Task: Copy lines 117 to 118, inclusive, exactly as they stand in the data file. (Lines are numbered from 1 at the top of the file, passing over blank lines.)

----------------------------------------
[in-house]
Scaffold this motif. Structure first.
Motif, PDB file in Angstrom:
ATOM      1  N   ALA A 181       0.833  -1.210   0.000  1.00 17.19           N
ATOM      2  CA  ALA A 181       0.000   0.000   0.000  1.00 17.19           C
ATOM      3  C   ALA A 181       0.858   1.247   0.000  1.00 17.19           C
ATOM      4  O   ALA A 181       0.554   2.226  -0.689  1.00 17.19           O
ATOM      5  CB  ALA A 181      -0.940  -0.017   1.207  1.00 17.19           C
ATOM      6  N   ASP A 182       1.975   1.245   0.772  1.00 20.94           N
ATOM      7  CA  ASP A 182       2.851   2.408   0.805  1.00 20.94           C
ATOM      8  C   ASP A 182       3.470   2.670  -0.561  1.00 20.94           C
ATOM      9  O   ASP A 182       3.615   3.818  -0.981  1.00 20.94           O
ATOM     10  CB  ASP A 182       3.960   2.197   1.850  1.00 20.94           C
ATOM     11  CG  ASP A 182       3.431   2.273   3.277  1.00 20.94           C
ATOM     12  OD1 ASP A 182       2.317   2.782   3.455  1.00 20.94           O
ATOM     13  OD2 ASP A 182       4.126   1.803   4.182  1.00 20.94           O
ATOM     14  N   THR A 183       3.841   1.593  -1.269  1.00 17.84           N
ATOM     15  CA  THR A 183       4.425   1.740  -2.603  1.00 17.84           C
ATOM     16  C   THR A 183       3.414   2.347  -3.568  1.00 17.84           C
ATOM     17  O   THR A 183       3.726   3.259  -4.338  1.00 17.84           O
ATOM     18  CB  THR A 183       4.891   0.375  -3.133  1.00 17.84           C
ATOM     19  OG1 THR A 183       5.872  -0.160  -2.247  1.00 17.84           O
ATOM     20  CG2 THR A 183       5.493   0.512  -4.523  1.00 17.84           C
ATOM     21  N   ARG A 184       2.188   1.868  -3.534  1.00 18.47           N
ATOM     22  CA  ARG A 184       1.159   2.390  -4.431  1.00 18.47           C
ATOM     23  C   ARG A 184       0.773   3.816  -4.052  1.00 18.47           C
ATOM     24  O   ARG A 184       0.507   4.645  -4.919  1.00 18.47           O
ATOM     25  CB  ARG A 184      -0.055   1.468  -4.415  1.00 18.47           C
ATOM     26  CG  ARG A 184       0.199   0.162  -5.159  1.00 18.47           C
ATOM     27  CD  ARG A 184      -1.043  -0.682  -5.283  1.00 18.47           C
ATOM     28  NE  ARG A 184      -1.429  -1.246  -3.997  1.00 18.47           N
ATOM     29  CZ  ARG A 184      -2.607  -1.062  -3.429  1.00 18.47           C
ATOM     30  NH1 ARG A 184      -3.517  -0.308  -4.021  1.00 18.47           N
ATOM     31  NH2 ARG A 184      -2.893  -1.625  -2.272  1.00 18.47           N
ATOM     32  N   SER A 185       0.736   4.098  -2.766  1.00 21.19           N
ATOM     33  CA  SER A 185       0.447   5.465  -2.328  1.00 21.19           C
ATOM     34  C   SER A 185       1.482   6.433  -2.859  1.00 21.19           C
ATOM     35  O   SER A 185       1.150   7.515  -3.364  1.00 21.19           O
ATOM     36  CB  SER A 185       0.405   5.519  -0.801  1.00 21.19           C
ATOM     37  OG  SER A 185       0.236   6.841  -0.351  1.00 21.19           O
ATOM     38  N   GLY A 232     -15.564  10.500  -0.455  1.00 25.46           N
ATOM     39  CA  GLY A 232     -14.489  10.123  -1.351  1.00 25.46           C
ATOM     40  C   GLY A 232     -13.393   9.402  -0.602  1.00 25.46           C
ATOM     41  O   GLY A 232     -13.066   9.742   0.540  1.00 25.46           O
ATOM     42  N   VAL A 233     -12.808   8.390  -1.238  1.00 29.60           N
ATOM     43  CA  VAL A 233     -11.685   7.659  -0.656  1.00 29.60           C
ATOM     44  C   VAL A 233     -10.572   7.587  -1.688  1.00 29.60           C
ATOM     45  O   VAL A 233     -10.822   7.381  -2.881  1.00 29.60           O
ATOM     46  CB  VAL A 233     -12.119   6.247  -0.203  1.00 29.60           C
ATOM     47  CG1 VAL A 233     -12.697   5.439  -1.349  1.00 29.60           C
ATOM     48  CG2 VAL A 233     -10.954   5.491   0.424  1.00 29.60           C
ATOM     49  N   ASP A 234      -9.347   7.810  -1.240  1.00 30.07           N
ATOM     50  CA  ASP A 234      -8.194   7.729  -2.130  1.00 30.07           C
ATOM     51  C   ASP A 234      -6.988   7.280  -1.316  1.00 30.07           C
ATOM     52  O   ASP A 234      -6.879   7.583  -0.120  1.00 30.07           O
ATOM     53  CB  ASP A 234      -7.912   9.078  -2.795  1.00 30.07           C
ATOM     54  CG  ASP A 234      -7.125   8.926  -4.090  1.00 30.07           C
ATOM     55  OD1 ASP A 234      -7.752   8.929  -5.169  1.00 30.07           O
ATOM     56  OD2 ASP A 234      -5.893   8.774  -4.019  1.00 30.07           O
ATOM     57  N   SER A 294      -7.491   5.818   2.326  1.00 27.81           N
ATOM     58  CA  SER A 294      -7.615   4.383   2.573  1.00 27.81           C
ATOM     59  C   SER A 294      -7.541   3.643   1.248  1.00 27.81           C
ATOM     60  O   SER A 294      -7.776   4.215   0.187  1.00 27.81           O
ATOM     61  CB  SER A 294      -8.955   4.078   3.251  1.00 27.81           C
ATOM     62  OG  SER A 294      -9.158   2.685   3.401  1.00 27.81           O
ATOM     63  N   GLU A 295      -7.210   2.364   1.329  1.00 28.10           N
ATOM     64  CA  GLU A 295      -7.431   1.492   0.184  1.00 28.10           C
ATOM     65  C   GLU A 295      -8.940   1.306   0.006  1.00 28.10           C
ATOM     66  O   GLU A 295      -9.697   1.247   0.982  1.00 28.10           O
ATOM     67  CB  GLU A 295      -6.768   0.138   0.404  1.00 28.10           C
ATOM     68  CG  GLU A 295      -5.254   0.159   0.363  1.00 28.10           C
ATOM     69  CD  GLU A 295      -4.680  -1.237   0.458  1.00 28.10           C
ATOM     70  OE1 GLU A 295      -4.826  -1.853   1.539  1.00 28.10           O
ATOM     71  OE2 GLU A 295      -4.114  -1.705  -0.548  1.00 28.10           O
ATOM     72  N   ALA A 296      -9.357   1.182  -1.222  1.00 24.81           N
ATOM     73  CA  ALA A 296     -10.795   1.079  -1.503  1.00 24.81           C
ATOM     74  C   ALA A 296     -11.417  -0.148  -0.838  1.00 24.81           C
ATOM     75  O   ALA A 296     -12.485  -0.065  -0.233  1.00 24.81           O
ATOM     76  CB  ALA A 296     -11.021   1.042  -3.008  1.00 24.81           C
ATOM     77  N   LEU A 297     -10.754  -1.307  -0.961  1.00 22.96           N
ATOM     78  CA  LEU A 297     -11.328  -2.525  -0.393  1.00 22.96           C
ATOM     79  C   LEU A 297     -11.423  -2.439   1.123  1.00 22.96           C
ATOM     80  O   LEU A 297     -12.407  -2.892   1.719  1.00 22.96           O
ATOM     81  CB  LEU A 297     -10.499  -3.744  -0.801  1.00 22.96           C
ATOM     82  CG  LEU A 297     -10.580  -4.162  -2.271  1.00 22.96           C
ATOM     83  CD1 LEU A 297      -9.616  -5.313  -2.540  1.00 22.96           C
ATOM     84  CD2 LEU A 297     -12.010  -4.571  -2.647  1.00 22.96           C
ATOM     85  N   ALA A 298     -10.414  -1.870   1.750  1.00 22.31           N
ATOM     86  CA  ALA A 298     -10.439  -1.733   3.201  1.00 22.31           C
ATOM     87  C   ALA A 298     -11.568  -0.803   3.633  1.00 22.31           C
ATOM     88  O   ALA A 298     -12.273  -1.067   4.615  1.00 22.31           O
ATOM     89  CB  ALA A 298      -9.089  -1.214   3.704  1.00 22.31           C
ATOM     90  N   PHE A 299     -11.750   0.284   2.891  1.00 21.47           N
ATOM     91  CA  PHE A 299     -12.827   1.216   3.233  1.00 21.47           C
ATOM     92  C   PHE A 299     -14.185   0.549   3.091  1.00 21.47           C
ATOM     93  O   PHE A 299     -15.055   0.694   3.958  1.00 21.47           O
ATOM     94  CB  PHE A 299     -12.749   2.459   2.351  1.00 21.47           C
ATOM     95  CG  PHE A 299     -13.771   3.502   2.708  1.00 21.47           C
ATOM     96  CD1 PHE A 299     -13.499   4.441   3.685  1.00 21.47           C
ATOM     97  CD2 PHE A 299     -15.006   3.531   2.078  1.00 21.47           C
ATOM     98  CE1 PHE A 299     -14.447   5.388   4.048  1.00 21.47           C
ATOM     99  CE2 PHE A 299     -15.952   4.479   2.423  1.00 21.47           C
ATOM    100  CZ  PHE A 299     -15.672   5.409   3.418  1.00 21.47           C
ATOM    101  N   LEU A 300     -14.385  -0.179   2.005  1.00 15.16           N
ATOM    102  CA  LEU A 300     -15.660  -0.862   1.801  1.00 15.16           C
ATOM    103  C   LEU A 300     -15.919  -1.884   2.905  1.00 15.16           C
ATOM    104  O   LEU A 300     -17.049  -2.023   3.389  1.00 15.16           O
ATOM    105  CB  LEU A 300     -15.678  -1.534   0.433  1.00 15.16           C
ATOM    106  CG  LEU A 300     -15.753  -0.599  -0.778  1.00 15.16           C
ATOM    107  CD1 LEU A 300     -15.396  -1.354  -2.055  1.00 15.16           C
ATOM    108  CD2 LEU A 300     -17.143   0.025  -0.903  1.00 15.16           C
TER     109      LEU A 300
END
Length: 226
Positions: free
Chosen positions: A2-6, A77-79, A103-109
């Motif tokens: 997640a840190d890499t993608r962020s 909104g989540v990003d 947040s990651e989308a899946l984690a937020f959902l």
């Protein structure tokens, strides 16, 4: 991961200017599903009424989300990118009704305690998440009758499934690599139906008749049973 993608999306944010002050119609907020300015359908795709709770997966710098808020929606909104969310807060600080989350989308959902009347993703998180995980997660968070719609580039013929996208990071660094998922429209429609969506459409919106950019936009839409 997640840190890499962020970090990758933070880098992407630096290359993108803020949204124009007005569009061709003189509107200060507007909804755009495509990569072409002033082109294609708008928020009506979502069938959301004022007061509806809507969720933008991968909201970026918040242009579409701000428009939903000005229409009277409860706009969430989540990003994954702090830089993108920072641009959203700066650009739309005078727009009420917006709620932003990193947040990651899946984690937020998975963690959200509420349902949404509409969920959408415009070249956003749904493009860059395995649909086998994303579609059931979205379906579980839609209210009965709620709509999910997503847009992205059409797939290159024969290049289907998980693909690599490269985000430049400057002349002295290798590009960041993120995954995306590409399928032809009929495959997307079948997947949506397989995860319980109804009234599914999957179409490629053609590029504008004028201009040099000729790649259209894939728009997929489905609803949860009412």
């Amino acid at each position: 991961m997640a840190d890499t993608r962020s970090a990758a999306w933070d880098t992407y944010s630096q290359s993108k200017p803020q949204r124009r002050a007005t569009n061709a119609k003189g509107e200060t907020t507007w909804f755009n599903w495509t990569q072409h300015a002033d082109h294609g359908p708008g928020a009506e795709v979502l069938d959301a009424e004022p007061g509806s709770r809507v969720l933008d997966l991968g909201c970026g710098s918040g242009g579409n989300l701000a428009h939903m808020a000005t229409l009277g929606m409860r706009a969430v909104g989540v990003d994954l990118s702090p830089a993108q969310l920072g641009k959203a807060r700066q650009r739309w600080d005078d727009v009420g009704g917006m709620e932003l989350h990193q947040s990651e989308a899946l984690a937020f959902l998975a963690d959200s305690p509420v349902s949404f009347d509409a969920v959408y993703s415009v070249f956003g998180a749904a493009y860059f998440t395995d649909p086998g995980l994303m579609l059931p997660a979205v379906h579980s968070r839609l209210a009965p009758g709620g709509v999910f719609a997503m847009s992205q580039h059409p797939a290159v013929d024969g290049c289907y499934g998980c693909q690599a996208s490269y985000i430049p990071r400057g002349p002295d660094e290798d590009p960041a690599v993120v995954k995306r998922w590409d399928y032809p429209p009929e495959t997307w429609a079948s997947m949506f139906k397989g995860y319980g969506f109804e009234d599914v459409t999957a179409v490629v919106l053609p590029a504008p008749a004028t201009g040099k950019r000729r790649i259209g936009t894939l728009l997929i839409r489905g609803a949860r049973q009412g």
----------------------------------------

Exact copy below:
């Motif tokens: 997640a840190d890499t993608r962020s 909104g989540v990003d 947040s990651e989308a899946l984690a937020f959902l």
């Protein structure tokens, strides 16, 4: 991961200017599903009424989300990118009704305690998440009758499934690599139906008749049973 993608999306944010002050119609907020300015359908795709709770997966710098808020929606909104969310807060600080989350989308959902009347993703998180995980997660968070719609580039013929996208990071660094998922429209429609969506459409919106950019936009839409 997640840190890499962020970090990758933070880098992407630096290359993108803020949204124009007005569009061709003189509107200060507007909804755009495509990569072409002033082109294609708008928020009506979502069938959301004022007061509806809507969720933008991968909201970026918040242009579409701000428009939903000005229409009277409860706009969430989540990003994954702090830089993108920072641009959203700066650009739309005078727009009420917006709620932003990193947040990651899946984690937020998975963690959200509420349902949404509409969920959408415009070249956003749904493009860059395995649909086998994303579609059931979205379906579980839609209210009965709620709509999910997503847009992205059409797939290159024969290049289907998980693909690599490269985000430049400057002349002295290798590009960041993120995954995306590409399928032809009929495959997307079948997947949506397989995860319980109804009234599914999957179409490629053609590029504008004028201009040099000729790649259209894939728009997929489905609803949860009412």